Ierapetra - Europe's southermost town
Ierapetra or Gerapetro in the local dialect, is located on the southern coast of Crete. In fact it is Europe's southermost town and Crete's only town on the southern coast. South of Agios Nikolaos and southwest of Sitia, it is an important regional centre. With its 11.450 inhabitants (1999) it is the most populous town in the prefecture of Lasithi, and the fourth town of Crete. The municipality consists of the town of Ierapetra, several villages and hamlets, and the island of Chrissi.
The area is blessed with a very mild climate and temperatures rarely dropping below 12 degrees centigrade in the winter, while the rain fall is extremely low. The average number of sunshine days exceeds 340 a year. The mild climate, favourable to agriculture is the important reason for the development of many green houses to the west of the town, producing off season vegetables for export in the main European markets.
The area's main economic activities are agriculture in the winter and tourism in the summer. The agricultural production can be divided into two main parts. Whereas olive oil has been produced all over the municipality at least since Minoan times, for the last thirty years large quantities of fruit and vegetables have also been exported. These are grown in plastic greenhouses, which spread over an area of 13.000.000 square meters between the town of Ierapetra and Nea Myrtos. They were introduced by the Dutchman Paul Kuypers. Mainly because of the greenhouse production the inhabitants of Ierapetra are in average the richest on Crete.
Ierapetra has had a place in the history of Crete since the Minoan period. The Greek and later Roman town of Hierapytna was on the same sight as present day Ierapetra. In the Classical Age Ierapytna became the strongest town of eastern Crete.
Later, in the 3rd century BC, Hierapytna was infamous for its tendency to piracy. Its importance ended when it was destroyed by the Romans in 67 BC. It was soon rebuilt, but was soon surpassed by the city of Gortys.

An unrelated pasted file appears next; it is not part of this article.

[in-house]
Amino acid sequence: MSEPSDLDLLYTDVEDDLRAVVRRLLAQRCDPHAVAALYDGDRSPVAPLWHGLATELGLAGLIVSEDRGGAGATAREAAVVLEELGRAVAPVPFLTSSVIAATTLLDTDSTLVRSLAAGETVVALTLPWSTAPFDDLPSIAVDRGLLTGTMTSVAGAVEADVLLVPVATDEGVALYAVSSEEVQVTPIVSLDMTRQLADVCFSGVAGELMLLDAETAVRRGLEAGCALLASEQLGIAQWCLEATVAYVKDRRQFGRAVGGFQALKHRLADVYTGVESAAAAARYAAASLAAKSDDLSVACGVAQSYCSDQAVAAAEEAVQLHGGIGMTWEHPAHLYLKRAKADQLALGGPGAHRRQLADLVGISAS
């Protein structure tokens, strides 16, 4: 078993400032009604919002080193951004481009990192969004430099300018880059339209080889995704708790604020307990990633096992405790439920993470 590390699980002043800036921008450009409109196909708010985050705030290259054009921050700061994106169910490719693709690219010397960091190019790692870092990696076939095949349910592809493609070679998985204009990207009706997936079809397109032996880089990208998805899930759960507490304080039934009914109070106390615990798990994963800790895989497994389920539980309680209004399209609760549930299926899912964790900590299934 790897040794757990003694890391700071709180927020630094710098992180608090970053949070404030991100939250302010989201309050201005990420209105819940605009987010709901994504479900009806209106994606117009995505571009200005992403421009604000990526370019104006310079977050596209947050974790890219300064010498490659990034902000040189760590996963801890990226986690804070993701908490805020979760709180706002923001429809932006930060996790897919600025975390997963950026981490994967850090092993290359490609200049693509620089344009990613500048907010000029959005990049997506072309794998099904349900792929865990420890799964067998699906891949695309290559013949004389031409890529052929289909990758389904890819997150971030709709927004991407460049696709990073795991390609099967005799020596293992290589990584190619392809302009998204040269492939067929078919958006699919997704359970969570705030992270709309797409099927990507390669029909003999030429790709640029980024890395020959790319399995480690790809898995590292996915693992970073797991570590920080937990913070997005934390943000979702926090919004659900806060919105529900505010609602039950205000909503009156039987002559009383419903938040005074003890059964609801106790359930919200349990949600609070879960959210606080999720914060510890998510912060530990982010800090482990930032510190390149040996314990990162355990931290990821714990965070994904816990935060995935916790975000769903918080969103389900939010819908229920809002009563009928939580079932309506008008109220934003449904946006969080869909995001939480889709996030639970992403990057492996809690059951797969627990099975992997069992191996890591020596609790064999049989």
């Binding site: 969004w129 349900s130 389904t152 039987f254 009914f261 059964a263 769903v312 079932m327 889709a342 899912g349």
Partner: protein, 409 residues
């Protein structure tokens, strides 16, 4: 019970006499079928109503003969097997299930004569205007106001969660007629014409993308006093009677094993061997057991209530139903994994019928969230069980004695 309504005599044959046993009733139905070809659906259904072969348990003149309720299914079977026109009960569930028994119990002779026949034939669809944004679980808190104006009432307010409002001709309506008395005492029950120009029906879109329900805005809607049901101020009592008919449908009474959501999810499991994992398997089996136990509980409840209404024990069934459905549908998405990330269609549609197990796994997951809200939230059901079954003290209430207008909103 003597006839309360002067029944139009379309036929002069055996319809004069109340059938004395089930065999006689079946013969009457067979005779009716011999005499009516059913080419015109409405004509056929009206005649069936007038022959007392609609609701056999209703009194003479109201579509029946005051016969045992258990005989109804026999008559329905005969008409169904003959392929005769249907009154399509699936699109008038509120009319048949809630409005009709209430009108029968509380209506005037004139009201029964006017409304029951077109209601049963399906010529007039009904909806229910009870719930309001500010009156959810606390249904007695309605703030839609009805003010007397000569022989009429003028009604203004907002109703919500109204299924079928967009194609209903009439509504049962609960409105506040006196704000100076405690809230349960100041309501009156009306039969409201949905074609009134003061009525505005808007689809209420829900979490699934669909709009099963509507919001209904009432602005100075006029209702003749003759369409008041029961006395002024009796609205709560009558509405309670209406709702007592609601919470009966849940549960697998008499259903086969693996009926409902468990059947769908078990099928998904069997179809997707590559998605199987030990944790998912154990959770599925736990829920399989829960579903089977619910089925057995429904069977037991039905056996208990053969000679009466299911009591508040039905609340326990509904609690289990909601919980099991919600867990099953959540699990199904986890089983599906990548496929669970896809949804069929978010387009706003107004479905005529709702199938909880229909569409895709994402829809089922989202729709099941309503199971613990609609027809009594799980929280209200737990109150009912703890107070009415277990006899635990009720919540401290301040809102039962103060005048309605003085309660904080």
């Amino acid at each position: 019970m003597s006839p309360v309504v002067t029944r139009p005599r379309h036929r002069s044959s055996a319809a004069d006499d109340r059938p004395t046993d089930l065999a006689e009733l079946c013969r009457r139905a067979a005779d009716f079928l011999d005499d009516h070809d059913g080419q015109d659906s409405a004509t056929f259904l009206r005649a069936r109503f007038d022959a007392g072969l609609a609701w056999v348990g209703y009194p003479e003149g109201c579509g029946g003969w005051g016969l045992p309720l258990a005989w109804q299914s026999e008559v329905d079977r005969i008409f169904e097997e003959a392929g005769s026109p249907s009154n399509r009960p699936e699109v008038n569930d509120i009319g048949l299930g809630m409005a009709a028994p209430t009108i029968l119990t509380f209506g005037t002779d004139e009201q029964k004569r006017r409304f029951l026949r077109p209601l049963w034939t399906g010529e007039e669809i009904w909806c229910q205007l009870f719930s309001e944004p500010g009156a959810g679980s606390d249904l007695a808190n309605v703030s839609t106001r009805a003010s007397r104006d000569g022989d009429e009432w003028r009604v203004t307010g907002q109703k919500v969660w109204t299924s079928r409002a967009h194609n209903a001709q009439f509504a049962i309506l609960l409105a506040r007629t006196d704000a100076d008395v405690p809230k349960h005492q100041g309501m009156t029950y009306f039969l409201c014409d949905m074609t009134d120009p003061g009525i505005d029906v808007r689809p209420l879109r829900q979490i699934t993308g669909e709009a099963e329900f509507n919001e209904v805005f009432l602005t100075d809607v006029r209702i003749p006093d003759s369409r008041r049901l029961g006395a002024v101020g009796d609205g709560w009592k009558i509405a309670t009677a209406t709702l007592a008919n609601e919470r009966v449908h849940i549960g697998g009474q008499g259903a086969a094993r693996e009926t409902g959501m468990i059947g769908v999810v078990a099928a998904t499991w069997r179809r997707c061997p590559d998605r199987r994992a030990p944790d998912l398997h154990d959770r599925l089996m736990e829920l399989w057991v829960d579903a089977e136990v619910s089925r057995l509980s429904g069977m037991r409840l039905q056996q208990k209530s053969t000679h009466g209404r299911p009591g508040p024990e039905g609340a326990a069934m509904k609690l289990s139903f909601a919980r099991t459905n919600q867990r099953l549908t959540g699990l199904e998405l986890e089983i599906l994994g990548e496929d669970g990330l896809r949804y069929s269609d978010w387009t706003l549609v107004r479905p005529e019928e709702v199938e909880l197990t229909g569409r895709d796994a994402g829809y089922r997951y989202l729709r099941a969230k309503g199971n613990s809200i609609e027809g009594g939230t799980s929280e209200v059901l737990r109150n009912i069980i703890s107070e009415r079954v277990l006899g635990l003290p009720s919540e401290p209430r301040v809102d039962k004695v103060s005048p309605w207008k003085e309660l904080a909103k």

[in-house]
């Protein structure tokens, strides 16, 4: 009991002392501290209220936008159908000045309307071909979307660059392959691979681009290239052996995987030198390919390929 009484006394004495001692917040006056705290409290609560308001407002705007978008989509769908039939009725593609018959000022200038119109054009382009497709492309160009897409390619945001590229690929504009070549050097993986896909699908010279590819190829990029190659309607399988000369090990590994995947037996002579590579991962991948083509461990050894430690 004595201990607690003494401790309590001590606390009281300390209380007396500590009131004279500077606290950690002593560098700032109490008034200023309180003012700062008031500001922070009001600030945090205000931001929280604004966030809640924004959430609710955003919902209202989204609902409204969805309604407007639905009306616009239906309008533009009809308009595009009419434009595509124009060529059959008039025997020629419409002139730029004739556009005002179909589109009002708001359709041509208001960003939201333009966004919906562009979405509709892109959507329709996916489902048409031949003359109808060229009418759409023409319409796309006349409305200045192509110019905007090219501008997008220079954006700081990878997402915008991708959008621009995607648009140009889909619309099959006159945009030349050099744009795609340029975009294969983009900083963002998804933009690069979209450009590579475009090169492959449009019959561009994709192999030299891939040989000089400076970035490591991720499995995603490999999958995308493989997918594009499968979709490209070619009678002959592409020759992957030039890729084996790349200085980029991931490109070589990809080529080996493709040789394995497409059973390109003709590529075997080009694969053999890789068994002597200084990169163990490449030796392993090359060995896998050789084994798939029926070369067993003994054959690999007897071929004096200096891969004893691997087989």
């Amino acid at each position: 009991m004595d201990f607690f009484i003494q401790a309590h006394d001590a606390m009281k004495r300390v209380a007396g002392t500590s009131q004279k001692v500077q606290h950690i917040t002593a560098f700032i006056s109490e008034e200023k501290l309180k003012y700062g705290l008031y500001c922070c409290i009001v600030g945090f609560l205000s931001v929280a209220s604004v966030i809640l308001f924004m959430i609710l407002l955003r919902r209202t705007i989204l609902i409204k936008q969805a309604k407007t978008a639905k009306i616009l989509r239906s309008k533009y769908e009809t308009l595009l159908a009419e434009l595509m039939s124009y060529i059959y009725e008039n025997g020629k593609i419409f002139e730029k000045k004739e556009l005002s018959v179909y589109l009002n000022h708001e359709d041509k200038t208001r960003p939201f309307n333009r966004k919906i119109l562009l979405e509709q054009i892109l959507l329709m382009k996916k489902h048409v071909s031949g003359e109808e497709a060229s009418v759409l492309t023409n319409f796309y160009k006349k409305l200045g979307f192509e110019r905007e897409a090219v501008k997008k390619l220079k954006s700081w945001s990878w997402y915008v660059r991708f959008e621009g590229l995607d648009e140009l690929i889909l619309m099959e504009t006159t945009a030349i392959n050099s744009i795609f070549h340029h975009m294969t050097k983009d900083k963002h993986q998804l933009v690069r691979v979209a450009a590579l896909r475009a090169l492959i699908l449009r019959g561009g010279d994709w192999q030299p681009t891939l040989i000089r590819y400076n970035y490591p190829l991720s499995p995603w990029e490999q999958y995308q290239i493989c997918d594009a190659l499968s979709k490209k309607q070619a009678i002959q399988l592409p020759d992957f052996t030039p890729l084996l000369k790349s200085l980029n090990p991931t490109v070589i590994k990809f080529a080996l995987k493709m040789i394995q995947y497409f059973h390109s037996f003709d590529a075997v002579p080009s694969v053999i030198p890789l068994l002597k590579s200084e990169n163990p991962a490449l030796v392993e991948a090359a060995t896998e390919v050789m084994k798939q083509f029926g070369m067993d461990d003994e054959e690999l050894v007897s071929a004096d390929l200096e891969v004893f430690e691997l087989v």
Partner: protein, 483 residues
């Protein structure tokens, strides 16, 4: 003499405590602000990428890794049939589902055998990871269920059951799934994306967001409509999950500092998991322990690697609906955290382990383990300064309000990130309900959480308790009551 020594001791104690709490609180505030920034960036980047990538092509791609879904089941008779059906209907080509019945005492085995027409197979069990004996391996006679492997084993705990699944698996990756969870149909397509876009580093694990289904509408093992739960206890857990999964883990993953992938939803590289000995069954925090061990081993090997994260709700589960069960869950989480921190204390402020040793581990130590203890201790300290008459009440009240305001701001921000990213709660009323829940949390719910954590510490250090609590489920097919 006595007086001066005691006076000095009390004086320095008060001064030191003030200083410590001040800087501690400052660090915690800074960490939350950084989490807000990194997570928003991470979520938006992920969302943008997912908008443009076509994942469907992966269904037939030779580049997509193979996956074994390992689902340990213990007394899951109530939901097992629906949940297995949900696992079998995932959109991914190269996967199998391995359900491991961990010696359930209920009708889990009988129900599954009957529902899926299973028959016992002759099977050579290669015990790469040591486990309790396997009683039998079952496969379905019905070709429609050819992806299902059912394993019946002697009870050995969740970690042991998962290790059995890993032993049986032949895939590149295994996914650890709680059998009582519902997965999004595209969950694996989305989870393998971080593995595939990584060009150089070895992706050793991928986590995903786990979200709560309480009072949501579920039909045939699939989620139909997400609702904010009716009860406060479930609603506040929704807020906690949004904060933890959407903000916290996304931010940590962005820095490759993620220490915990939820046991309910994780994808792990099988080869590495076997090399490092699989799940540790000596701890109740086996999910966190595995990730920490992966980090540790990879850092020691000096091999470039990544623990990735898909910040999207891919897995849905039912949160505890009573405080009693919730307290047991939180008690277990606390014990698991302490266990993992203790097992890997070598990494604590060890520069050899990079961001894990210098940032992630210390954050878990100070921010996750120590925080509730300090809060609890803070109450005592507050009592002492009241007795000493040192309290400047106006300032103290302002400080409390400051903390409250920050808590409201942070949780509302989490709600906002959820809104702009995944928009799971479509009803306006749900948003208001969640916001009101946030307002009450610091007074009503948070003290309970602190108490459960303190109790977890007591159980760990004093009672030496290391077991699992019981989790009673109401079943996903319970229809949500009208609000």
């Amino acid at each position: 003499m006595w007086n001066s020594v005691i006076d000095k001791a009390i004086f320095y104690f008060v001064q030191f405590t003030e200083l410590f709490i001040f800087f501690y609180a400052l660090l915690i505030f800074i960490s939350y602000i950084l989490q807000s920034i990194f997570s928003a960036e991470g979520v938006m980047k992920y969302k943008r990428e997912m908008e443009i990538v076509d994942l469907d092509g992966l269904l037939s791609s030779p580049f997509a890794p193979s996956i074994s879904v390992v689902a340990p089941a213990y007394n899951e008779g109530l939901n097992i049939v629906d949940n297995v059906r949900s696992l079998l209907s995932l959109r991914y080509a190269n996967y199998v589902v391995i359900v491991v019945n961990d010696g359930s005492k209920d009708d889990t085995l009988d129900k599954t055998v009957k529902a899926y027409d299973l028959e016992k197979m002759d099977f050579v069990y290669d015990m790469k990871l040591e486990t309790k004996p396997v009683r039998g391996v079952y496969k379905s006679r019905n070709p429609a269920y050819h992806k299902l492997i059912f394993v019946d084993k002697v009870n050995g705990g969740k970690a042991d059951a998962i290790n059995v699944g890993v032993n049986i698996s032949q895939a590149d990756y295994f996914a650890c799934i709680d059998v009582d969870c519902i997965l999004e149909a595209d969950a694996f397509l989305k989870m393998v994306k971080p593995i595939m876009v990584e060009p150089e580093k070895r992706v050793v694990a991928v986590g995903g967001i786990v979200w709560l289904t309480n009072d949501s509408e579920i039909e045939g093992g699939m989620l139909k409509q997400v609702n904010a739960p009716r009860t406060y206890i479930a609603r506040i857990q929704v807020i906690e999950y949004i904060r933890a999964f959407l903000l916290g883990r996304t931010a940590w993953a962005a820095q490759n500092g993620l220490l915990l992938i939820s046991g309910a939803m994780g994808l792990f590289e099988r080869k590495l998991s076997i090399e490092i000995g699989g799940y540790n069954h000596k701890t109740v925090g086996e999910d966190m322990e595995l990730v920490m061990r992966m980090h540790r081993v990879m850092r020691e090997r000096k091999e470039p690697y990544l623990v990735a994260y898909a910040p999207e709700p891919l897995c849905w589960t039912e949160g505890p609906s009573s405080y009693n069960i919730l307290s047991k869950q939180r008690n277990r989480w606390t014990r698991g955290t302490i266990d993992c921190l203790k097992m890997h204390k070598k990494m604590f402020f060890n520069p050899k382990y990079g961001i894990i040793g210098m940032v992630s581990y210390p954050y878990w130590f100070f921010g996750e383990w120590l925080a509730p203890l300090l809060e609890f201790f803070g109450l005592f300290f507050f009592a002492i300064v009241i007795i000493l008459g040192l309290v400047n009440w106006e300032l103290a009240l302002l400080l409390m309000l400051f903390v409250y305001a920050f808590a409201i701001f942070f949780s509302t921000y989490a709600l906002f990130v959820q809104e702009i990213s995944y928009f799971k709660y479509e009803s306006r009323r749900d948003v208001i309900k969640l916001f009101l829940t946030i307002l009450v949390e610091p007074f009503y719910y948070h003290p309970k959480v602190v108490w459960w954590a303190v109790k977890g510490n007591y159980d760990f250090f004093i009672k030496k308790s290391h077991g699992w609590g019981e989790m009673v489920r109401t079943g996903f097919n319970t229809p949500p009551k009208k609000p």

Today remains of the Roman harbor can still be seen in the shallow bay. In AD 824 it was destroyed by Arab invaders, only to be rebuilt as a base for pirates (again!). In the Venetian Age, from the 13th to the 17th centuries, Ierapetra - now known by its present name - became prosperous again.
The fortress of Kales, built in 1626 to protect the harbor, is a remnant of this period, although local myth says it was built by the Genoese pirate Pescatore in 1212. In July 1798 Ierapetra made a small step into world history: Napoleon stayed with a local family during his voyage to Egypt. The house where he stayed can still be seen. In the Ottoman period a mosque was built in the town.
Finds from Ierapetra's past can be found in the local Museum of Antiquities, formerly a school for Turkish children. The centerpiece of the exhibition is a well preserved statue of Persephone.
Present day Ierapetra consists of two quite distinct parts, Kato Mera and Pano Mera. Kato Mera is the old town on the southwestern headland. It is characterized by a medieval street layout with narrow alleyways, cul-de-sacs and small houses, creating a village-like atmosphere.
The former mosque and the "house of Napoleon" can be found in this neighborhood. Pano Mera is the much bigger new town, with wider streets and three and four storey houses. Pano Mera is still expanding towards the west, north and east.
Ierapetra's main shopping street is Koundouriotou. In the centre the town hall, the museum and two cinemas can be found. The local hospital lies in Pano Mera. To the west is the southern headland with the fortress and a port for fishing boats. Further east is a short beach with bars and restaurants, followed by the quay for ferries to the islet of Chrissi. Further on lies the main boulevard with hotels, bars, restaurants and souvenir shops. At its end a new promenade leads alongside Ierapetra Bay's long beach.
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How to get there:
From Heraklion by rental car (1,5 hours trip) or by public bus (2 hours trip) at a cost of about 10 Euro.